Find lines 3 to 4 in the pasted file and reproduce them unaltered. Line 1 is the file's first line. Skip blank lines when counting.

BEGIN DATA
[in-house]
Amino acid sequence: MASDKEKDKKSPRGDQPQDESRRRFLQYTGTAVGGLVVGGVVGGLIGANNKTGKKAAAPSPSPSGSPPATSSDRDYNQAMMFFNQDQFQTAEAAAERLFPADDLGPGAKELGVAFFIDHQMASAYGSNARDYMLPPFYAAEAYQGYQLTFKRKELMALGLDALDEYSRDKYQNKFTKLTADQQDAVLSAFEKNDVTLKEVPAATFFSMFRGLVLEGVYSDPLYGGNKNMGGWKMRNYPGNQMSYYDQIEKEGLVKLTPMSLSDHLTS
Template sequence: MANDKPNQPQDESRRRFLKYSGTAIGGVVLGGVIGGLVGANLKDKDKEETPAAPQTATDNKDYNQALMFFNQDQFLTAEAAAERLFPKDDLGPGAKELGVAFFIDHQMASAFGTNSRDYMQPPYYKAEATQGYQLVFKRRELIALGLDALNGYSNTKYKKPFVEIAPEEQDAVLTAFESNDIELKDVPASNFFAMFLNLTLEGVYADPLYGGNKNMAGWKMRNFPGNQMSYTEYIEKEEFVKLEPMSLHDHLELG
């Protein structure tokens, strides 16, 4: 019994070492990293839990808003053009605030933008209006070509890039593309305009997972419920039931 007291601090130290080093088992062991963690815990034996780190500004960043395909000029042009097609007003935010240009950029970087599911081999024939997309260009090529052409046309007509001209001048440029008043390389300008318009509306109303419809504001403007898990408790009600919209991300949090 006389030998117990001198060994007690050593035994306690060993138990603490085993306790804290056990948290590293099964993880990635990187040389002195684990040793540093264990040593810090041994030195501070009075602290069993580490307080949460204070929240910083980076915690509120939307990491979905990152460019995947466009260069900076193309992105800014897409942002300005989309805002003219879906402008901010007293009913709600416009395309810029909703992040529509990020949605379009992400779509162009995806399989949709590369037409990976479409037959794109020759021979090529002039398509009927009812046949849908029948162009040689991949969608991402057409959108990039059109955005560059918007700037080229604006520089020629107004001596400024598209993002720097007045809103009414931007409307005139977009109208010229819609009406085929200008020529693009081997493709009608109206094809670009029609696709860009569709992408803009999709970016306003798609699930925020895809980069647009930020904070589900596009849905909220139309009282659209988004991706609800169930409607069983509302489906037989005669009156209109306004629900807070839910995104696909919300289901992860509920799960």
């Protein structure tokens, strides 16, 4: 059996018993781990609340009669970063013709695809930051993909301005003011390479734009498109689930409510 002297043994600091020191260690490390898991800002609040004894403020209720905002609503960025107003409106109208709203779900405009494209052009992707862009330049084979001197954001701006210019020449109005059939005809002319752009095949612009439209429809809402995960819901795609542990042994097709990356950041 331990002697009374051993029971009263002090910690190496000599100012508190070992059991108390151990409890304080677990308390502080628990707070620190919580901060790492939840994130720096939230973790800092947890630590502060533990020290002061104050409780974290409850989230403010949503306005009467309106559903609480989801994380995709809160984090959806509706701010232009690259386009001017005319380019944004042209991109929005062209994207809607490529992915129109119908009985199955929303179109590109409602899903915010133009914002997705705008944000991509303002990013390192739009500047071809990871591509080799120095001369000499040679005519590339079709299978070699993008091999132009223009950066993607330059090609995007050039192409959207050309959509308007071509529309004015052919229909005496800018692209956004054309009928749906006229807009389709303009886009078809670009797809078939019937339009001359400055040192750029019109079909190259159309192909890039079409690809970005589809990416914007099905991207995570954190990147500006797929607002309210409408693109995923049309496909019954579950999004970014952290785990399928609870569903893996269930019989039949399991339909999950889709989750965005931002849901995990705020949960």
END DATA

Template sequence: MANDKPNQPQDESRRRFLKYSGTAIGGVVLGGVIGGLVGANLKDKDKEETPAAPQTATDNKDYNQALMFFNQDQFLTAEAAAERLFPKDDLGPGAKELGVAFFIDHQMASAFGTNSRDYMQPPYYKAEATQGYQLVFKRRELIALGLDALNGYSNTKYKKPFVEIAPEEQDAVLTAFESNDIELKDVPASNFFAMFLNLTLEGVYADPLYGGNKNMAGWKMRNFPGNQMSYTEYIEKEEFVKLEPMSLHDHLELG
């Protein structure tokens, strides 16, 4: 019994070492990293839990808003053009605030933008209006070509890039593309305009997972419920039931 007291601090130290080093088992062991963690815990034996780190500004960043395909000029042009097609007003935010240009950029970087599911081999024939997309260009090529052409046309007509001209001048440029008043390389300008318009509306109303419809504001403007898990408790009600919209991300949090 006389030998117990001198060994007690050593035994306690060993138990603490085993306790804290056990948290590293099964993880990635990187040389002195684990040793540093264990040593810090041994030195501070009075602290069993580490307080949460204070929240910083980076915690509120939307990491979905990152460019995947466009260069900076193309992105800014897409942002300005989309805002003219879906402008901010007293009913709600416009395309810029909703992040529509990020949605379009992400779509162009995806399989949709590369037409990976479409037959794109020759021979090529002039398509009927009812046949849908029948162009040689991949969608991402057409959108990039059109955005560059918007700037080229604006520089020629107004001596400024598209993002720097007045809103009414931007409307005139977009109208010229819609009406085929200008020529693009081997493709009608109206094809670009029609696709860009569709992408803009999709970016306003798609699930925020895809980069647009930020904070589900596009849905909220139309009282659209988004991706609800169930409607069983509302489906037989005669009156209109306004629900807070839910995104696909919300289901992860509920799960």